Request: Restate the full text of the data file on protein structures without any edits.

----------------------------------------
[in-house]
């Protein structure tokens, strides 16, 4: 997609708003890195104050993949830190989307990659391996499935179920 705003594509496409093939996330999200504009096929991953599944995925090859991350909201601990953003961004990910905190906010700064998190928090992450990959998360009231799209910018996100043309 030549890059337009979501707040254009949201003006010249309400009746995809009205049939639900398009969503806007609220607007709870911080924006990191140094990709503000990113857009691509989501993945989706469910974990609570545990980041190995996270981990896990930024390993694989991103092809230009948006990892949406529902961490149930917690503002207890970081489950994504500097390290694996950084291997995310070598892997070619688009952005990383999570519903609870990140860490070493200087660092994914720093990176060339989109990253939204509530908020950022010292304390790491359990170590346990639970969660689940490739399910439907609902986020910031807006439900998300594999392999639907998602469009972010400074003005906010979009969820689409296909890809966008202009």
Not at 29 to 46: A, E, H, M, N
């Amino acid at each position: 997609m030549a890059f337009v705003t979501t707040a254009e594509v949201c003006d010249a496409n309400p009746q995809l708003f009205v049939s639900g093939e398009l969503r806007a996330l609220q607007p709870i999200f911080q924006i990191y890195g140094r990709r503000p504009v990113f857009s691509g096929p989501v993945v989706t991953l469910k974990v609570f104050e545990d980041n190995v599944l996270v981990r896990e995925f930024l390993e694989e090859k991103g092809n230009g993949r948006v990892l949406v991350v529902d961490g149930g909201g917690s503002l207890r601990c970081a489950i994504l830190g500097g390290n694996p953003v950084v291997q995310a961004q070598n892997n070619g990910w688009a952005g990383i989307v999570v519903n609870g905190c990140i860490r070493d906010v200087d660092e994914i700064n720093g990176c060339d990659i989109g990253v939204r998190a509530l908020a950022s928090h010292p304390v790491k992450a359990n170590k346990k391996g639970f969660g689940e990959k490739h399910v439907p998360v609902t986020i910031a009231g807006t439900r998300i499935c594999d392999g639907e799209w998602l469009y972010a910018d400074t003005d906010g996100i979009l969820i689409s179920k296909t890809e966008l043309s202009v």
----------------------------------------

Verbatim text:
[in-house]
């Protein structure tokens, strides 16, 4: 997609708003890195104050993949830190989307990659391996499935179920 705003594509496409093939996330999200504009096929991953599944995925090859991350909201601990953003961004990910905190906010700064998190928090992450990959998360009231799209910018996100043309 030549890059337009979501707040254009949201003006010249309400009746995809009205049939639900398009969503806007609220607007709870911080924006990191140094990709503000990113857009691509989501993945989706469910974990609570545990980041190995996270981990896990930024390993694989991103092809230009948006990892949406529902961490149930917690503002207890970081489950994504500097390290694996950084291997995310070598892997070619688009952005990383999570519903609870990140860490070493200087660092994914720093990176060339989109990253939204509530908020950022010292304390790491359990170590346990639970969660689940490739399910439907609902986020910031807006439900998300594999392999639907998602469009972010400074003005906010979009969820689409296909890809966008202009």
Not at 29 to 46: A, E, H, M, N
């Amino acid at each position: 997609m030549a890059f337009v705003t979501t707040a254009e594509v949201c003006d010249a496409n309400p009746q995809l708003f009205v049939s639900g093939e398009l969503r806007a996330l609220q607007p709870i999200f911080q924006i990191y890195g140094r990709r503000p504009v990113f857009s691509g096929p989501v993945v989706t991953l469910k974990v609570f104050e545990d980041n190995v599944l996270v981990r896990e995925f930024l390993e694989e090859k991103g092809n230009g993949r948006v990892l949406v991350v529902d961490g149930g909201g917690s503002l207890r601990c970081a489950i994504l830190g500097g390290n694996p953003v950084v291997q995310a961004q070598n892997n070619g990910w688009a952005g990383i989307v999570v519903n609870g905190c990140i860490r070493d906010v200087d660092e994914i700064n720093g990176c060339d990659i989109g990253v939204r998190a509530l908020a950022s928090h010292p304390v790491k992450a359990n170590k346990k391996g639970f969660g689940e990959k490739h399910v439907p998360v609902t986020i910031a009231g807006t439900r998300i499935c594999d392999g639907e799209w998602l469009y972010a910018d400074t003005d906010g996100i979009l969820i689409s179920k296909t890809e966008l043309s202009v």